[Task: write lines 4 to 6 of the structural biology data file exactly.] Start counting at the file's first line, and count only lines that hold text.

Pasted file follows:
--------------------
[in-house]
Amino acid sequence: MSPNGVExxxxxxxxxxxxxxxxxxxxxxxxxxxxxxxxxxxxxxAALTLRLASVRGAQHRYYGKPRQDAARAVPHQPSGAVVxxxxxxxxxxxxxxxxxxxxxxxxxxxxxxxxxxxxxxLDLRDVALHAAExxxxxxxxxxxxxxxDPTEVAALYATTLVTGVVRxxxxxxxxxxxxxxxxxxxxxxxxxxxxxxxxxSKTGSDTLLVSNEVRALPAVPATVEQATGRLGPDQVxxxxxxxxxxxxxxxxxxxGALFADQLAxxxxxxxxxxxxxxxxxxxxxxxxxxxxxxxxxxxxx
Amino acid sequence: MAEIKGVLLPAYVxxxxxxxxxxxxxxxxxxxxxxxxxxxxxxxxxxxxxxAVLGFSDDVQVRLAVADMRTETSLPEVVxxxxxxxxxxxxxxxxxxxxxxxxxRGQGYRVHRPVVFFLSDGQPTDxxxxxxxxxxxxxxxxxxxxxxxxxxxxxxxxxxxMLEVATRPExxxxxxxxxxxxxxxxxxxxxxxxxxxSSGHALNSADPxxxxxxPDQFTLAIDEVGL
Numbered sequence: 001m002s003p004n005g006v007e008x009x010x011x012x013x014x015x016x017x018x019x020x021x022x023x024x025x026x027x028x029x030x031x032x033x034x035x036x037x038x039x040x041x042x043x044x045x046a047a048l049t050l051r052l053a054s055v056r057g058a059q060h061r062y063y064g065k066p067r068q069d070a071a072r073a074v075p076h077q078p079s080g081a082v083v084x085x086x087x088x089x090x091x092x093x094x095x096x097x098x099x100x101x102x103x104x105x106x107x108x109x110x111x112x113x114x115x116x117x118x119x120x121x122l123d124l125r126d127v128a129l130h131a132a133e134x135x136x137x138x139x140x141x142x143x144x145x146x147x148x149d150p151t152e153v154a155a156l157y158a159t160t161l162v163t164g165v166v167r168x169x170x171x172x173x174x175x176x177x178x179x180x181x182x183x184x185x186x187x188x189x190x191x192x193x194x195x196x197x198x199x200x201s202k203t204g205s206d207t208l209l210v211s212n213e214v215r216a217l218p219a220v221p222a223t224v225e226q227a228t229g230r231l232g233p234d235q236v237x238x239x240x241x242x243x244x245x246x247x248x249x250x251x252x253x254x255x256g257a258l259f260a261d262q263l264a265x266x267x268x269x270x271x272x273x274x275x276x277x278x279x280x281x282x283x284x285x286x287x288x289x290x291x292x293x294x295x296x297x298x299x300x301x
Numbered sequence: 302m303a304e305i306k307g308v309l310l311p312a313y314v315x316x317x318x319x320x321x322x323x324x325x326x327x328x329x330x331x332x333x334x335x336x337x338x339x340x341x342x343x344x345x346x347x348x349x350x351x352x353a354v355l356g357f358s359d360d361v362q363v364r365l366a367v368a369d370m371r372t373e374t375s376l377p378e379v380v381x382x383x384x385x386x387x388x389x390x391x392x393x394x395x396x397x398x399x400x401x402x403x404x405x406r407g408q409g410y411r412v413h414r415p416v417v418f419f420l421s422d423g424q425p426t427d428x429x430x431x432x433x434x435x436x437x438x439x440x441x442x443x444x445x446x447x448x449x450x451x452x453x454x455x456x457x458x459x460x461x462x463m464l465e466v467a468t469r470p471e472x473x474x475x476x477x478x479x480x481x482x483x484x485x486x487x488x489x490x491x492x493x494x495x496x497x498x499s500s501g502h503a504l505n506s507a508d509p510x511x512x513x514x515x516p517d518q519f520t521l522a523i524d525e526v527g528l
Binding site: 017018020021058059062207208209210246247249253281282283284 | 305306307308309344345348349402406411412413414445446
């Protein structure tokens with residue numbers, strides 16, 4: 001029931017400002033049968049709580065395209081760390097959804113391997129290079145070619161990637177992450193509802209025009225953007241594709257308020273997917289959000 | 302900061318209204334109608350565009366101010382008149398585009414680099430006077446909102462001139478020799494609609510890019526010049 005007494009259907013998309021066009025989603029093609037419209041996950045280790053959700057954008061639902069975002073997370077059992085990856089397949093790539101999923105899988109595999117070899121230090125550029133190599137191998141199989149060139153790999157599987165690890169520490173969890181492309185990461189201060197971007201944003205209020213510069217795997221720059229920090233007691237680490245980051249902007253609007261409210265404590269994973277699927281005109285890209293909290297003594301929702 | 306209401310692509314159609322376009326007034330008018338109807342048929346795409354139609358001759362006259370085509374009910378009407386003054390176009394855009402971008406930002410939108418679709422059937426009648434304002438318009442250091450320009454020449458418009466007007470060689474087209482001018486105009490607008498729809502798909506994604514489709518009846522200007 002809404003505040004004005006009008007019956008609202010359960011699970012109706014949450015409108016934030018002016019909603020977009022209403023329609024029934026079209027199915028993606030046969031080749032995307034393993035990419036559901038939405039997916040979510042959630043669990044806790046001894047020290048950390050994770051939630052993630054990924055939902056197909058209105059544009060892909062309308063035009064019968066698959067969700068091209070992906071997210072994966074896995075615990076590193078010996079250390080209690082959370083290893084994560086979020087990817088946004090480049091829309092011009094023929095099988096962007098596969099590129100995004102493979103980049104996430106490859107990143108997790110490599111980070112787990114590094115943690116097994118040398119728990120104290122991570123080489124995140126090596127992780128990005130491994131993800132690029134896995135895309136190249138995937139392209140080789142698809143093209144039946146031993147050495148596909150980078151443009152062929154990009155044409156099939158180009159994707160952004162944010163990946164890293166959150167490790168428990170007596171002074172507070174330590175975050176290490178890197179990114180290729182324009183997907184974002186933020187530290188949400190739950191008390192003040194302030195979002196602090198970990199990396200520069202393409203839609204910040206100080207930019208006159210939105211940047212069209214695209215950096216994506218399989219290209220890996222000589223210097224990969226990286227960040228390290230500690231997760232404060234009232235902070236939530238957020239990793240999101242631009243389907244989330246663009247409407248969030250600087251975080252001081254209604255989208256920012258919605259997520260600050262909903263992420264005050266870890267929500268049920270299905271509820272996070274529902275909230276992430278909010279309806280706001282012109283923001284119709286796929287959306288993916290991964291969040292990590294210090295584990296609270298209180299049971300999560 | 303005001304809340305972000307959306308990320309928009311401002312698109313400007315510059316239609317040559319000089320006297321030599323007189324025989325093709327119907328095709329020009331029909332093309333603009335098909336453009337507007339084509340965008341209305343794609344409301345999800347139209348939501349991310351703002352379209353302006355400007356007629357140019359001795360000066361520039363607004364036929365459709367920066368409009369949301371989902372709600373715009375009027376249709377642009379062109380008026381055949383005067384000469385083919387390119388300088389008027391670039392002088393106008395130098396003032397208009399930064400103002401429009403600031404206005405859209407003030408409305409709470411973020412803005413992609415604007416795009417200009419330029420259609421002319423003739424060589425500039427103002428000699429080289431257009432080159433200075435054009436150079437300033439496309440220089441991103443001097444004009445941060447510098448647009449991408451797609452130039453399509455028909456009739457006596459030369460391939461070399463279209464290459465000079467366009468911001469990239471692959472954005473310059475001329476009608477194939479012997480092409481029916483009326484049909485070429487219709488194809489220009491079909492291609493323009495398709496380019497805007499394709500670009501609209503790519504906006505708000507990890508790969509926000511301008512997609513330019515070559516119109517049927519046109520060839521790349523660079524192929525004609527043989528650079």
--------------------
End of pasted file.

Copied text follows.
Numbered sequence: 001m002s003p004n005g006v007e008x009x010x011x012x013x014x015x016x017x018x019x020x021x022x023x024x025x026x027x028x029x030x031x032x033x034x035x036x037x038x039x040x041x042x043x044x045x046a047a048l049t050l051r052l053a054s055v056r057g058a059q060h061r062y063y064g065k066p067r068q069d070a071a072r073a074v075p076h077q078p079s080g081a082v083v084x085x086x087x088x089x090x091x092x093x094x095x096x097x098x099x100x101x102x103x104x105x106x107x108x109x110x111x112x113x114x115x116x117x118x119x120x121x122l123d124l125r126d127v128a129l130h131a132a133e134x135x136x137x138x139x140x141x142x143x144x145x146x147x148x149d150p151t152e153v154a155a156l157y158a159t160t161l162v163t164g165v166v167r168x169x170x171x172x173x174x175x176x177x178x179x180x181x182x183x184x185x186x187x188x189x190x191x192x193x194x195x196x197x198x199x200x201s202k203t204g205s206d207t208l209l210v211s212n213e214v215r216a217l218p219a220v221p222a223t224v225e226q227a228t229g230r231l232g233p234d235q236v237x238x239x240x241x242x243x244x245x246x247x248x249x250x251x252x253x254x255x256g257a258l259f260a261d262q263l264a265x266x267x268x269x270x271x272x273x274x275x276x277x278x279x280x281x282x283x284x285x286x287x288x289x290x291x292x293x294x295x296x297x298x299x300x301x
Numbered sequence: 302m303a304e305i306k307g308v309l310l311p312a313y314v315x316x317x318x319x320x321x322x323x324x325x326x327x328x329x330x331x332x333x334x335x336x337x338x339x340x341x342x343x344x345x346x347x348x349x350x351x352x353a354v355l356g357f358s359d360d361v362q363v364r365l366a367v368a369d370m371r372t373e374t375s376l377p378e379v380v381x382x383x384x385x386x387x388x389x390x391x392x393x394x395x396x397x398x399x400x401x402x403x404x405x406r407g408q409g410y411r412v413h414r415p416v417v418f419f420l421s422d423g424q425p426t427d428x429x430x431x432x433x434x435x436x437x438x439x440x441x442x443x444x445x446x447x448x449x450x451x452x453x454x455x456x457x458x459x460x461x462x463m464l465e466v467a468t469r470p471e472x473x474x475x476x477x478x479x480x481x482x483x484x485x486x487x488x489x490x491x492x493x494x495x496x497x498x499s500s501g502h503a504l505n506s507a508d509p510x511x512x513x514x515x516p517d518q519f520t521l522a523i524d525e526v527g528l
Binding site: 017018020021058059062207208209210246247249253281282283284 | 305306307308309344345348349402406411412413414445446